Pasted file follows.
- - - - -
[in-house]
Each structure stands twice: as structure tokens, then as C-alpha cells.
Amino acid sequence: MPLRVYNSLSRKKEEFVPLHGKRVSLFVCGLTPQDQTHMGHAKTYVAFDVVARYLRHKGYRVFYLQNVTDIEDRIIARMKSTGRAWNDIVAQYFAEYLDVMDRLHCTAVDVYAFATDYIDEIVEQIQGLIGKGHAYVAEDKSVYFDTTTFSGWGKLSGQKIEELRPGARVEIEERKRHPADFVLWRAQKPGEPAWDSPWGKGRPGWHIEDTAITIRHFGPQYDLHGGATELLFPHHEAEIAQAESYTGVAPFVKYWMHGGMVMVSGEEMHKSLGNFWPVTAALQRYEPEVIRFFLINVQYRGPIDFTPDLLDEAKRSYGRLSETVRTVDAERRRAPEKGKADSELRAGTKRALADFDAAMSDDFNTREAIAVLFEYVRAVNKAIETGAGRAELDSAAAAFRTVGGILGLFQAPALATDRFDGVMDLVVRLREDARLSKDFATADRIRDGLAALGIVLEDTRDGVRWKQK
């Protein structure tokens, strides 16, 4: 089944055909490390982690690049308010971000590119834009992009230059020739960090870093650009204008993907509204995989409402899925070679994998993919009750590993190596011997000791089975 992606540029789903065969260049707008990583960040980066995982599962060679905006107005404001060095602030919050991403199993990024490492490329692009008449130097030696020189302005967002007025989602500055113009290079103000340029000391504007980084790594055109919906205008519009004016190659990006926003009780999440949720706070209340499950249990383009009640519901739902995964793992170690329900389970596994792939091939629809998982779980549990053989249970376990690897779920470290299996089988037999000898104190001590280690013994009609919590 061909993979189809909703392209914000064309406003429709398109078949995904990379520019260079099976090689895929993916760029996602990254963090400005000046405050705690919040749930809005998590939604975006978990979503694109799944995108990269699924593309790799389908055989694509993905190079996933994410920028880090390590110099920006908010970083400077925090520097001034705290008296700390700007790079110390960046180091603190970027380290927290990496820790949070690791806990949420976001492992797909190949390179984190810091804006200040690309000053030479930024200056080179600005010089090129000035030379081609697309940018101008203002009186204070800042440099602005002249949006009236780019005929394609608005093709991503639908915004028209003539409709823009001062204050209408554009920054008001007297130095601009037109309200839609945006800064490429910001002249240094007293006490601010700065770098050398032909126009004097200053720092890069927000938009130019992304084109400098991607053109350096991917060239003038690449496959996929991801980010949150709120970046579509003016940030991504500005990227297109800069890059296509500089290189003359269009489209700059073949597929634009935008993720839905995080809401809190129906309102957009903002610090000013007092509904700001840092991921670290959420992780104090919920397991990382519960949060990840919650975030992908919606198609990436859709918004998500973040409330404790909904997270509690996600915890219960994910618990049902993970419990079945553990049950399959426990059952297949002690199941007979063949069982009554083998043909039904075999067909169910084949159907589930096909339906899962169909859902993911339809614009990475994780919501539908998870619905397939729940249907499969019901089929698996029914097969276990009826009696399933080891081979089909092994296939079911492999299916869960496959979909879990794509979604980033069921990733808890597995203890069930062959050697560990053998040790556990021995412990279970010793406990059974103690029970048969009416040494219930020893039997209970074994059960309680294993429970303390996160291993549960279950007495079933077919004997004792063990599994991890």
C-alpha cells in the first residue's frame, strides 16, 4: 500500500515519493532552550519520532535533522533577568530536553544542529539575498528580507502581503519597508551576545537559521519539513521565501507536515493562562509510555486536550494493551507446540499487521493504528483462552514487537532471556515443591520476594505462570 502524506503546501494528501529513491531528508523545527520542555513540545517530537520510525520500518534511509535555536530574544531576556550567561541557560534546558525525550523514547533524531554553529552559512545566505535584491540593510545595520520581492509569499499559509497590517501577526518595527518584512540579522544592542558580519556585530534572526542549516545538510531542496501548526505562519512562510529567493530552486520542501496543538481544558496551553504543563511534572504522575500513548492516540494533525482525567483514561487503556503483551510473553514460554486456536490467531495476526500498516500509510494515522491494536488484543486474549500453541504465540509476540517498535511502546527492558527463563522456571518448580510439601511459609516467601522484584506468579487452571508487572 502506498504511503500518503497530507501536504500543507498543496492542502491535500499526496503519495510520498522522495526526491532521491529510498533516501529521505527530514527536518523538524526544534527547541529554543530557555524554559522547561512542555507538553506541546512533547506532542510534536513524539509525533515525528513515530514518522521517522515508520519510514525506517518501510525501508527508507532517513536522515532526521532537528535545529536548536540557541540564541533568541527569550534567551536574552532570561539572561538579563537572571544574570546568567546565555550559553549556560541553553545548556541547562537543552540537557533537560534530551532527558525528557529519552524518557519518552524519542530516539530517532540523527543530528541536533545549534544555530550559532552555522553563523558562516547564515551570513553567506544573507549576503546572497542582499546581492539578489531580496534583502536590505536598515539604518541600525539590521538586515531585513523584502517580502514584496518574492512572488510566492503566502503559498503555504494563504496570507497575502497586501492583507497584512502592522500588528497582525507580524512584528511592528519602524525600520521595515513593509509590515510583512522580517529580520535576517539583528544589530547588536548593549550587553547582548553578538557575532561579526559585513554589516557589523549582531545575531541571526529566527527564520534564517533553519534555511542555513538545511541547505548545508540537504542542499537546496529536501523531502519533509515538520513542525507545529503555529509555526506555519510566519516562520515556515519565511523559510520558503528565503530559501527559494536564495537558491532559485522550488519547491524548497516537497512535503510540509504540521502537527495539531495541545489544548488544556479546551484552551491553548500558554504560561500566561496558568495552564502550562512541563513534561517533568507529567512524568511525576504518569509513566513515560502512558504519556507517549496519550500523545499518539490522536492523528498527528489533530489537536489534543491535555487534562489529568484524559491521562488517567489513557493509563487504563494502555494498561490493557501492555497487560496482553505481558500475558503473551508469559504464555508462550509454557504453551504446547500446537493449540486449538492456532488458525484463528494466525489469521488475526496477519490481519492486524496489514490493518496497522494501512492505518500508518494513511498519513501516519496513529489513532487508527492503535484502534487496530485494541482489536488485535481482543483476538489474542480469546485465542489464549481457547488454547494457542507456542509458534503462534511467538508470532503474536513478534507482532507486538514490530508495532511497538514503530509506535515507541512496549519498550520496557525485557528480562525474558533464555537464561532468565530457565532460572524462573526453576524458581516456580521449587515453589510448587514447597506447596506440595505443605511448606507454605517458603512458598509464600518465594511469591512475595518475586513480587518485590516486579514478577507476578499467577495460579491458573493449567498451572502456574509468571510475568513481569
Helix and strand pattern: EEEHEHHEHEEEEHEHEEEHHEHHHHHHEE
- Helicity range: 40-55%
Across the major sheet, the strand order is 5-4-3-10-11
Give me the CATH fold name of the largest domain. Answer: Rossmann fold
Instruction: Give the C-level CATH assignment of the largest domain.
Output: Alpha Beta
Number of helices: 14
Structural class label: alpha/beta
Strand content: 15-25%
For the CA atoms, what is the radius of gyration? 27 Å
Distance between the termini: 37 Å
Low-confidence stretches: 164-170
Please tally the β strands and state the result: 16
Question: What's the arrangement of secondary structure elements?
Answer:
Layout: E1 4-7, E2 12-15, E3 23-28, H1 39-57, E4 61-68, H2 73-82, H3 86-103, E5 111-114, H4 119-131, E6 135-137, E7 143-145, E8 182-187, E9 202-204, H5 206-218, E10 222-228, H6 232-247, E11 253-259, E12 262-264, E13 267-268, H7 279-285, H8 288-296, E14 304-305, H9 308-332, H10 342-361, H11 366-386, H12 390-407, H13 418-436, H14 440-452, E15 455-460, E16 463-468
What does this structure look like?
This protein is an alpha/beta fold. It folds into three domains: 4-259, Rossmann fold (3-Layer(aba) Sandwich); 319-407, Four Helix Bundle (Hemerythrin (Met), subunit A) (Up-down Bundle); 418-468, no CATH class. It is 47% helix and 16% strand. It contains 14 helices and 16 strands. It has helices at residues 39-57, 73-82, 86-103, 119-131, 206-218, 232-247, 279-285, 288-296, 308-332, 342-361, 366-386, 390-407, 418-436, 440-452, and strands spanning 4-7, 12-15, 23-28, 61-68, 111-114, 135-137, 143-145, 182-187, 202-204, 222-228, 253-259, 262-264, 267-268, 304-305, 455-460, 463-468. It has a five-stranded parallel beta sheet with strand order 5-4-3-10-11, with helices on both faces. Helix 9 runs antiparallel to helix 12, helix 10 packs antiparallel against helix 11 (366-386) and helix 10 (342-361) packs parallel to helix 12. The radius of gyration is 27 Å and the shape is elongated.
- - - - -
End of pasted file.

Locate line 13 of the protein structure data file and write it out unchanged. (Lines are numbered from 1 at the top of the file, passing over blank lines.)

Structural class label: alpha/beta